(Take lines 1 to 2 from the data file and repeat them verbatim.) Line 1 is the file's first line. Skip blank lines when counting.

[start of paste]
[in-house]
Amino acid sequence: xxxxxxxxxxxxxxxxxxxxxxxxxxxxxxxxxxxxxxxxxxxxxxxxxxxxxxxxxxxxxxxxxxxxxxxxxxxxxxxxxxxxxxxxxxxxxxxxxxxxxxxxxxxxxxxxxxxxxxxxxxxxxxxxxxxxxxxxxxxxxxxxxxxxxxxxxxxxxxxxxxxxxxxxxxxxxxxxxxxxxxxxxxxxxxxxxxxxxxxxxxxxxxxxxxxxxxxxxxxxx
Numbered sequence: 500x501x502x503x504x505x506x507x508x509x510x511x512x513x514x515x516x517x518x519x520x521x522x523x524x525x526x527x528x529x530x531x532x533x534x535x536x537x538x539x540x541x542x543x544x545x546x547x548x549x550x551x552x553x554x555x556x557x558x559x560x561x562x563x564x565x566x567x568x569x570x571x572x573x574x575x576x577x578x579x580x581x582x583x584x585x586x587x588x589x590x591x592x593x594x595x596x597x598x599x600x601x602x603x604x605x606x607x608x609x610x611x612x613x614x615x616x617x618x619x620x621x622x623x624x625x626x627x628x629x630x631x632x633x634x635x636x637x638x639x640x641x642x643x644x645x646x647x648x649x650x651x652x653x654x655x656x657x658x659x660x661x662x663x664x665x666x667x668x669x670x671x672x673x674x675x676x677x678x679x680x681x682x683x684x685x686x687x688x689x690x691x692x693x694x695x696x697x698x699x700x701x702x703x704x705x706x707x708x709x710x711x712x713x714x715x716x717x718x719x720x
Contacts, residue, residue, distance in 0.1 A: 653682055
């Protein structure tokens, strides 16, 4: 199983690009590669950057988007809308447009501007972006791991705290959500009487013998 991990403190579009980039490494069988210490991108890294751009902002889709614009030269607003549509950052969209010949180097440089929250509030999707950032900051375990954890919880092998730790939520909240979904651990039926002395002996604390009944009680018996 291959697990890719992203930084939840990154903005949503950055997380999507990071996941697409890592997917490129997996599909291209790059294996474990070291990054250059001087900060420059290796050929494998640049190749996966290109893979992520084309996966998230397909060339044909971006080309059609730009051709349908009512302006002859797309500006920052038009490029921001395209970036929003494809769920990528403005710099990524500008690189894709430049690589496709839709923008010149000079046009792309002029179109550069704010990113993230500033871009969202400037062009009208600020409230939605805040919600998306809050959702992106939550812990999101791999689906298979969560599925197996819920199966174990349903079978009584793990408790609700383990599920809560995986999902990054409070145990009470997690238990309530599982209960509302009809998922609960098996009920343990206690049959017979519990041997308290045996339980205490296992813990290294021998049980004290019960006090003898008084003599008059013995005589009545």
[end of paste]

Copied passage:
[in-house]
Amino acid sequence: xxxxxxxxxxxxxxxxxxxxxxxxxxxxxxxxxxxxxxxxxxxxxxxxxxxxxxxxxxxxxxxxxxxxxxxxxxxxxxxxxxxxxxxxxxxxxxxxxxxxxxxxxxxxxxxxxxxxxxxxxxxxxxxxxxxxxxxxxxxxxxxxxxxxxxxxxxxxxxxxxxxxxxxxxxxxxxxxxxxxxxxxxxxxxxxxxxxxxxxxxxxxxxxxxxxxxxxxxxxxx